The reason the SNP has ended up in this position is that, instead of striking out in a decisive direction, they’ve been trying to hold together the 45-per-cent apparent consensus on independence, while also trying to see off threats from the political right and left. Hence the position on tax. The Scottish Government only gave the tax break to first-time buyers because the Chancellor Philip Hammond did something similar south of the border (you can’t be seen to be meaner than the Tories), and they only increased income tax to tackle a potential Corbynite revival in Scotland (you also can’t be seen to be less progressive than Labour). The SNP seems to think this is the way to freedom, but to me it looks more like an ever-tightening vice.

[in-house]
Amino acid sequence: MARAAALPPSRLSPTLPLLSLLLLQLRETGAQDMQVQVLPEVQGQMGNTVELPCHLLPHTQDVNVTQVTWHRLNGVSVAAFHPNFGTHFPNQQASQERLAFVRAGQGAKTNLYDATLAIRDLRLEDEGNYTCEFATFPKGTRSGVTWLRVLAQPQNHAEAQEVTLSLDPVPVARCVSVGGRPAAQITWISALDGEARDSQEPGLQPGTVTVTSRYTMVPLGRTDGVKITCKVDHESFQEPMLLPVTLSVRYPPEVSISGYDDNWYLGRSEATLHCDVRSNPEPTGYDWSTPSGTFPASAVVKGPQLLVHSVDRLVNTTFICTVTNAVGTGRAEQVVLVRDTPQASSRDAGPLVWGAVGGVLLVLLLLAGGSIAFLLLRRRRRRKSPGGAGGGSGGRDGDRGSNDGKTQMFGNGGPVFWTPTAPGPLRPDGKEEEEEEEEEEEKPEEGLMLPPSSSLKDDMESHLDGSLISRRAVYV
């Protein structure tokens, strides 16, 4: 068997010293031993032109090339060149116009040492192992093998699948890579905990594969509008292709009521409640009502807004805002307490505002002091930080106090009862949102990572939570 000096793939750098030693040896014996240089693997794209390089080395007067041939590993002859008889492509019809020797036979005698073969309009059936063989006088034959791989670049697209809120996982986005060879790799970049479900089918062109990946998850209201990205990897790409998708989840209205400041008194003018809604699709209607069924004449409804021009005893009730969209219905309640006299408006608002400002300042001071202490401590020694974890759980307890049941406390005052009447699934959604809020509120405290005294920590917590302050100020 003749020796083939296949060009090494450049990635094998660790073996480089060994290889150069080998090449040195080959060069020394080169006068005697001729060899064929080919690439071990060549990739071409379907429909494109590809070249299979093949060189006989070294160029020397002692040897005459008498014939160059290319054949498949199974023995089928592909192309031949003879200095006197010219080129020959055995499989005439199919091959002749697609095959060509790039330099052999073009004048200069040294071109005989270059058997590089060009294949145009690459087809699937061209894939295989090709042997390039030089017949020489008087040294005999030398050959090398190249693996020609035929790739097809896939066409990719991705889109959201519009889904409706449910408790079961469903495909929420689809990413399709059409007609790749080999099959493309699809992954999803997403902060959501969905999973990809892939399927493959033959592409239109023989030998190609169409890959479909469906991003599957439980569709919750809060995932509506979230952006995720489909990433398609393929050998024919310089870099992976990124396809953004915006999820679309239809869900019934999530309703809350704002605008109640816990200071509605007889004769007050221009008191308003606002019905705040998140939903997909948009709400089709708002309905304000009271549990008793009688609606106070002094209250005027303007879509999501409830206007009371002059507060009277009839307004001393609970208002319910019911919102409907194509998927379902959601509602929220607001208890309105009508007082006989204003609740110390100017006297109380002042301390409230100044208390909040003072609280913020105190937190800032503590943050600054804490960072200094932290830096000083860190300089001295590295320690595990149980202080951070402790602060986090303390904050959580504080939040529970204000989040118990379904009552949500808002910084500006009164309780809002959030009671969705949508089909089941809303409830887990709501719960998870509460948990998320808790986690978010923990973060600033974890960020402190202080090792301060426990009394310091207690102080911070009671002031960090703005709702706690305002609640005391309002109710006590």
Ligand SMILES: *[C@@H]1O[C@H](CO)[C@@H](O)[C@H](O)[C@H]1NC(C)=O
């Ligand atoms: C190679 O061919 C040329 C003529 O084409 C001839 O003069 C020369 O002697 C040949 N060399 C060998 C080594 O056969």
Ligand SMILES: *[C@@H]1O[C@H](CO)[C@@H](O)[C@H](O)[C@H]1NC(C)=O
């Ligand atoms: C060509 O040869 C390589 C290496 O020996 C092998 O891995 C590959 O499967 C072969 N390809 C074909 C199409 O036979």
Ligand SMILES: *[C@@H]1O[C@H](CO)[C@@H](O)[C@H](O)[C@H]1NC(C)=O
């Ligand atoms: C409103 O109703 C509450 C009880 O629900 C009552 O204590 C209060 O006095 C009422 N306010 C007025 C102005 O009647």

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So how to get out of the trap, how to loosen the vice? The SNP could keep on with the cautious over-calculation and its attempts to navigate the water between the rocks of low tax and high tax, or instead it could take a decisive, defendable and consistent stance on tax based on some basic rules. Taxes should be clear, consistent and fair, they should promote and protect the wealth, security and safety of individuals and the growth of the economy, they should be as low as possible, and they should only be raised if a cut in spending cannot be fairly made. Governments imposing taxes should also remember another rule: voters punish parties that put up tax (even in Scotland).